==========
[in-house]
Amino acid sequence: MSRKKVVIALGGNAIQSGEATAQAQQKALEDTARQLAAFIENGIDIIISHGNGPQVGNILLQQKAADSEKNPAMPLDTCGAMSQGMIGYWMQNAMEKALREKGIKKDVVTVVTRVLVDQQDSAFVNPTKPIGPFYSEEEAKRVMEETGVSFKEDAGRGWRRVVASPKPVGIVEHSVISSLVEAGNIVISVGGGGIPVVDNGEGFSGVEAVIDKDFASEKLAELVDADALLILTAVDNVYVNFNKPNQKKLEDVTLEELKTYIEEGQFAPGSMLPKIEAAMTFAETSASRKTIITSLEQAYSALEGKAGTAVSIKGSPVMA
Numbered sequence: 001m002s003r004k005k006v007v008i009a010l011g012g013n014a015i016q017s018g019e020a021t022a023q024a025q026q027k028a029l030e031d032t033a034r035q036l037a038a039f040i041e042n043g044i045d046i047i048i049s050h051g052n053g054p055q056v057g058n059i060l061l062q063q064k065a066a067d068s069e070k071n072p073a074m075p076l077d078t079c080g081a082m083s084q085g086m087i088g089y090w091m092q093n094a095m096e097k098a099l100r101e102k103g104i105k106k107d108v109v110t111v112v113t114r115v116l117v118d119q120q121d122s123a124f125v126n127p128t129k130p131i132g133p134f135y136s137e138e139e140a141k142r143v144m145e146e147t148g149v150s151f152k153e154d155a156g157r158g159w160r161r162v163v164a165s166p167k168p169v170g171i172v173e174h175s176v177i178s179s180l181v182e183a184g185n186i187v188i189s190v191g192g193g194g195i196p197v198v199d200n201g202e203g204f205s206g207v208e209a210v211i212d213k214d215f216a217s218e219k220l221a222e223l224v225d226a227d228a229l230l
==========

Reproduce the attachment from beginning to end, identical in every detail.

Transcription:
[in-house]
Amino acid sequence: MSRKKVVIALGGNAIQSGEATAQAQQKALEDTARQLAAFIENGIDIIISHGNGPQVGNILLQQKAADSEKNPAMPLDTCGAMSQGMIGYWMQNAMEKALREKGIKKDVVTVVTRVLVDQQDSAFVNPTKPIGPFYSEEEAKRVMEETGVSFKEDAGRGWRRVVASPKPVGIVEHSVISSLVEAGNIVISVGGGGIPVVDNGEGFSGVEAVIDKDFASEKLAELVDADALLILTAVDNVYVNFNKPNQKKLEDVTLEELKTYIEEGQFAPGSMLPKIEAAMTFAETSASRKTIITSLEQAYSALEGKAGTAVSIKGSPVMA
Numbered sequence: 001m002s003r004k005k006v007v008i009a010l011g012g013n014a015i016q017s018g019e020a021t022a023q024a025q026q027k028a029l030e031d032t033a034r035q036l037a038a039f040i041e042n043g044i045d046i047i048i049s050h051g052n053g054p055q056v057g058n059i060l061l062q063q064k065a066a067d068s069e070k071n072p073a074m075p076l077d078t079c080g081a082m083s084q085g086m087i088g089y090w091m092q093n094a095m096e097k098a099l100r101e102k103g104i105k106k107d108v109v110t111v112v113t114r115v116l117v118d119q120q121d122s123a124f125v126n127p128t129k130p131i132g133p134f135y136s137e138e139e140a141k142r143v144m145e146e147t148g149v150s151f152k153e154d155a156g157r158g159w160r161r162v163v164a165s166p167k168p169v170g171i172v173e174h175s176v177i178s179s180l181v182e183a184g185n186i187v188i189s190v191g192g193g194g195i196p197v198v199d200n201g202e203g204f205s206g207v208e209a210v211i212d213k214d215f216a217s218e219k220l221a222e223l224v225d226a227d228a229l230l